Materials Informatics for Solar Energy Conversion

Lead Research Organisation: Imperial College London
Department Name: Materials


My research is motivated by a desire to aid the scientific effort to mitigate and prevent the impact of the climate and ecological emergency. It is recognized that dramatic technological and societal developments are required in order to achieve this. The global energy market encompasses approximately one seventh of worldwide gross-domestic-product (GDP) and produces around seventy percent of international CO2 emissions. I believe, therefore, that the transition toward a more equitable, sustainable society must begin here.

Multiple renewable energy sources have been established. Whilst each such technology has its own merits, solar energy is the largest source and most widespread. It has the potential, therefore, to have the largest impact. Multiple solar technologies have been commercially established and are now amongst the cheapest sources to generate electricity. Despite this, next-generation solar materials which are thinner, more flexible, less energy intensive to produce, and which can be incorporated into buildings or other technologies more easily are motivated.

Halide perovskite solar cells are widely recognized as the most promising next-generation solar technology. The group of materials synthesise with chemical formula ABX3, where A is a molecular (or atomic) cation placed at the centre of a metal-halide octahedral structure. The best performing solar devices are based upon 'mixed perovskites'; lab-based devices realise a power conversion efficiency of over 24% and are stable for more than a thousand hours. As the name suggests, mixed perovskites are composed of a mixture of A and X sites, and are usually composed of; A = CH3NH3, CH(NH2)2, and Cs, and X = I .
Significant operational issues remain, however, which have limited the commercial success of these materials. These include but are not limited to: thermodynamic instability; ion conduction; J-V curve hysteresis; degradation due to hydration; phase separation; and strain/polar effects. The theoretical understanding of such processes is lacking and therefore these issues have not been mitigated.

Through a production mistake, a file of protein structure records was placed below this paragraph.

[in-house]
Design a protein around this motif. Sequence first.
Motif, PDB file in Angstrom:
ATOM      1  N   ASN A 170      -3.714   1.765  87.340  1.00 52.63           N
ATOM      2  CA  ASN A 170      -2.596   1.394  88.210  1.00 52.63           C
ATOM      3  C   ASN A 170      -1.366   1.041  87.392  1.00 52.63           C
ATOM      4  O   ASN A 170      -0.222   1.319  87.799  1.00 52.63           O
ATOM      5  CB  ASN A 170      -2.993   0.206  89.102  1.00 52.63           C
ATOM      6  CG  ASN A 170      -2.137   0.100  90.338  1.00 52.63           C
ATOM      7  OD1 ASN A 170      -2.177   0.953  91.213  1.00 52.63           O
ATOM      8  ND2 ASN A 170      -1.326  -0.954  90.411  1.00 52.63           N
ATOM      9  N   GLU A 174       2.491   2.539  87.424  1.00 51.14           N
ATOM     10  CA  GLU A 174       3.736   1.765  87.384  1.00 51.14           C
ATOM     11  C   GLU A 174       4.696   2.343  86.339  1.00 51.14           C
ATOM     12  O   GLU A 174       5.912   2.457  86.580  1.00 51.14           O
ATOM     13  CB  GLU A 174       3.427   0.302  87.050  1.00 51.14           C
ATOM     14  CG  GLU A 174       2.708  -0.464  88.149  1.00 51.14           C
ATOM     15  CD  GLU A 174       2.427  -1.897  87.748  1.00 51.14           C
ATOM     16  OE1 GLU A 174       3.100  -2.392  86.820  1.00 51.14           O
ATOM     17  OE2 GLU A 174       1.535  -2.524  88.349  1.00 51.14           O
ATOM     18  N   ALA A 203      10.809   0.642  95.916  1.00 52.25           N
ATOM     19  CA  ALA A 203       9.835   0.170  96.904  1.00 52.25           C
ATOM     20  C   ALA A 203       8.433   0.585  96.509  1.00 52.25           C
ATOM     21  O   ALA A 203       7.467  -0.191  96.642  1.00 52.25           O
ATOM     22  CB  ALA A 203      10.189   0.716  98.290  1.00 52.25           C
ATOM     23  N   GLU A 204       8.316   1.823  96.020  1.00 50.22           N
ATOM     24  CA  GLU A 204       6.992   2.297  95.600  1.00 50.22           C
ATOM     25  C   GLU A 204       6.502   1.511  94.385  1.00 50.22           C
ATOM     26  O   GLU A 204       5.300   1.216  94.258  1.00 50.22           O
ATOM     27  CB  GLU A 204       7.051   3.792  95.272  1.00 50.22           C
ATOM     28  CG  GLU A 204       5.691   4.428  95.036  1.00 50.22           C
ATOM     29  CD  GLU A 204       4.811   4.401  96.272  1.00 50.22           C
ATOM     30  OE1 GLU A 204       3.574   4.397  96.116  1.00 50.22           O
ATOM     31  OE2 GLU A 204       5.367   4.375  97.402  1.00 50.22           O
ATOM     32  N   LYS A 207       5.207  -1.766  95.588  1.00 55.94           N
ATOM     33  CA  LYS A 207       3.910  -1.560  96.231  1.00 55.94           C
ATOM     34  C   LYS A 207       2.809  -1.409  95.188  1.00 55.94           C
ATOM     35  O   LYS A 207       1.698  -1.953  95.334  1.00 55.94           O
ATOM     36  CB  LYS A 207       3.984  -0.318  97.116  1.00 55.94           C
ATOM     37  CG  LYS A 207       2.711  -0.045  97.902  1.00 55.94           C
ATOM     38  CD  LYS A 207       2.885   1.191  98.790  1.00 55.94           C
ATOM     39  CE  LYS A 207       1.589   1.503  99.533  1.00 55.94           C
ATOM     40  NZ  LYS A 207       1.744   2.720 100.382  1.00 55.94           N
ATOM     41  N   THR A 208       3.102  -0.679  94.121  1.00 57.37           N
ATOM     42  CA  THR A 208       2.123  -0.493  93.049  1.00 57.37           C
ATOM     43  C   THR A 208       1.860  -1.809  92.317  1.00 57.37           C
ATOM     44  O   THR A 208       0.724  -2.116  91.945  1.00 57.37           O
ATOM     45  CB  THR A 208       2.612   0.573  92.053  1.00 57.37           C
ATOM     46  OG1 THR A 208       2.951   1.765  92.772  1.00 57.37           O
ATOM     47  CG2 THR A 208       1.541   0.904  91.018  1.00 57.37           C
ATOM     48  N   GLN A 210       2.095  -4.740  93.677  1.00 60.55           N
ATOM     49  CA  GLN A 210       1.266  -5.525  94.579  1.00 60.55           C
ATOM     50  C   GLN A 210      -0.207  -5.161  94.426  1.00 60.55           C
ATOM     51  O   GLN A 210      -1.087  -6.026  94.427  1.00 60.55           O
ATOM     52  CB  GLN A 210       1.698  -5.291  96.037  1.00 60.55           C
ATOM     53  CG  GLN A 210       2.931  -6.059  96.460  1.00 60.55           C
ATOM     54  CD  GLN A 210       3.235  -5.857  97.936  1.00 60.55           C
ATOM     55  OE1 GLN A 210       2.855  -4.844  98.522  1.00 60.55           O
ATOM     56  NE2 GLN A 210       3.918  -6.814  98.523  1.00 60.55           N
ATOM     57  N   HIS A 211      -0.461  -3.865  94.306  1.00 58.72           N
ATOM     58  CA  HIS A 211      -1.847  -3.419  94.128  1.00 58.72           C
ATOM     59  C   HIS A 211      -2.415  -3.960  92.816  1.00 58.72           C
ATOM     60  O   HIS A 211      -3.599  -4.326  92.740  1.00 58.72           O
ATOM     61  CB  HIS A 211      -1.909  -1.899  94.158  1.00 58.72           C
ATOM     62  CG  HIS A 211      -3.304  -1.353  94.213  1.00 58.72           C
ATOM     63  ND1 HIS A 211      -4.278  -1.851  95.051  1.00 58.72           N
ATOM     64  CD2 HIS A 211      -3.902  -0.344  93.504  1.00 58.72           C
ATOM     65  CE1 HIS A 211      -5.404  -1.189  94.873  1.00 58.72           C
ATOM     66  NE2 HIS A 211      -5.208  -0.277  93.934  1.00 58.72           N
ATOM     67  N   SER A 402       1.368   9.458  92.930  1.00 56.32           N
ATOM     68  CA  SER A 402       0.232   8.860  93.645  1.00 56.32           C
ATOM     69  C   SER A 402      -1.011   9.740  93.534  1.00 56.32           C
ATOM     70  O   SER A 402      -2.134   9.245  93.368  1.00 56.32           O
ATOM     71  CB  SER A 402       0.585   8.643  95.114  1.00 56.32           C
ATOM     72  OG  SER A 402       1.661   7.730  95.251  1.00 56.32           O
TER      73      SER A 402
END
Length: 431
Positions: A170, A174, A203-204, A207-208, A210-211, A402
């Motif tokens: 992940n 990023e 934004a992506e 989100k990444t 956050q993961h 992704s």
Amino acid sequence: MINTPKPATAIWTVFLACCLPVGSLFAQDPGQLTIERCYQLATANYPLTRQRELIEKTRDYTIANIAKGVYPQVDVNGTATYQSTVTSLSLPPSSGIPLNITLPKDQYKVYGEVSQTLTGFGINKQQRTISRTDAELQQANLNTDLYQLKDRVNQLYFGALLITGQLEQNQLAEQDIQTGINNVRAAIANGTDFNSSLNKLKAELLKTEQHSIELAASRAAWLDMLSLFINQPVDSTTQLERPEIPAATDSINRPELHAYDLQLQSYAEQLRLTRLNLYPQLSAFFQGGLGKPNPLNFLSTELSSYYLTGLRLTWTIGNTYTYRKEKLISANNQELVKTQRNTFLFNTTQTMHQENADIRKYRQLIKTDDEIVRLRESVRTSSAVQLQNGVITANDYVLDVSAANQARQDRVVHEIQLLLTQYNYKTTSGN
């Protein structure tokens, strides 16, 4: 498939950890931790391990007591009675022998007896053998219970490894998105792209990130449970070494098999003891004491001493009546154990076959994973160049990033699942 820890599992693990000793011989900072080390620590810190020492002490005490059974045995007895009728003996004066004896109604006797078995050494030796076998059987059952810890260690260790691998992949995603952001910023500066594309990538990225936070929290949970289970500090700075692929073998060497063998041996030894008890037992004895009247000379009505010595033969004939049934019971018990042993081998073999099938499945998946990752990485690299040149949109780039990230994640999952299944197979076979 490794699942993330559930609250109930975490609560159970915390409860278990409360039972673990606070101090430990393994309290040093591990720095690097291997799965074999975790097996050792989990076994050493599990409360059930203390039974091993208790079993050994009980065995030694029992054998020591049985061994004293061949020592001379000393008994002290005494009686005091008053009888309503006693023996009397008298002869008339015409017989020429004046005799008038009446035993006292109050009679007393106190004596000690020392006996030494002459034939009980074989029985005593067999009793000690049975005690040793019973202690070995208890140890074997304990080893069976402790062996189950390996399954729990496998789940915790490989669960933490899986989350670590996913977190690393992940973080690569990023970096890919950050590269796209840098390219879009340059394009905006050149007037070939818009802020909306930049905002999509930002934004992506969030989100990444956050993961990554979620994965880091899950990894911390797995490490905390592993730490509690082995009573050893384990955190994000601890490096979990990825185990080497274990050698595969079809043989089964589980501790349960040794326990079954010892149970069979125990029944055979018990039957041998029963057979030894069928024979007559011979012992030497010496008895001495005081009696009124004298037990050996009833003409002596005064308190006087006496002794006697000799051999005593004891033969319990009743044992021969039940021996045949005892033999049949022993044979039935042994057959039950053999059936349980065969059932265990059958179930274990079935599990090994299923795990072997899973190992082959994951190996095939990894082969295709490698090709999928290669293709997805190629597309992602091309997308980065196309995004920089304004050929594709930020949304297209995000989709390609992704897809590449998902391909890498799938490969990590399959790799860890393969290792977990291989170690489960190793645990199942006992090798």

In an attempt to improve the commercial viability of this group of materials, my work is a theoretical study focused on discerning the underlying physical mechanisms which drive the operational behaviour of perovskite based solar devices. Initially, the study will be focused on improving our understanding of the structural phase behaviour of single cation perovskite materials. Many of the device issues introduced above are dependent upon the structural phase of the material; that is to say, we cannot understand or mitigate these effects until we have a comprehensive understanding of the phase behaviour. Further calculations will be subsequently performed in order to deduce the impact on device performance of our improved structural models. This work will be extended by contemplating state-of-the-art mixed-cation perovskite systems.

I utilise a range of theoretical techniques to achieve this, including density functional theory (DFT), molecular dynamics (MD), the theory of thermodynamics, monte-carlo simultations (MC), group theory and the theory of electrostatics. The novelty of the approach relies upon the inclusion of all these theoretical techniques into a single workflow. The DFT calculations are informed by group theory. The MD simulations informed by the DFT calculations. The MC code, written using the theory of thermodynamics, is then informed by MD simulations. As a result of this workflow, this study will be able to simulate the behaviour of perovskite materials up to 1microm^3 - larger than any previous study.


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Studentship Projects

Project Reference Relationship Related To Start End Student Name
EP/N509486/1 01/10/2016 30/09/2021
2275301 Studentship EP/N509486/1 30/09/2017 30/09/2021 Jacob Wilson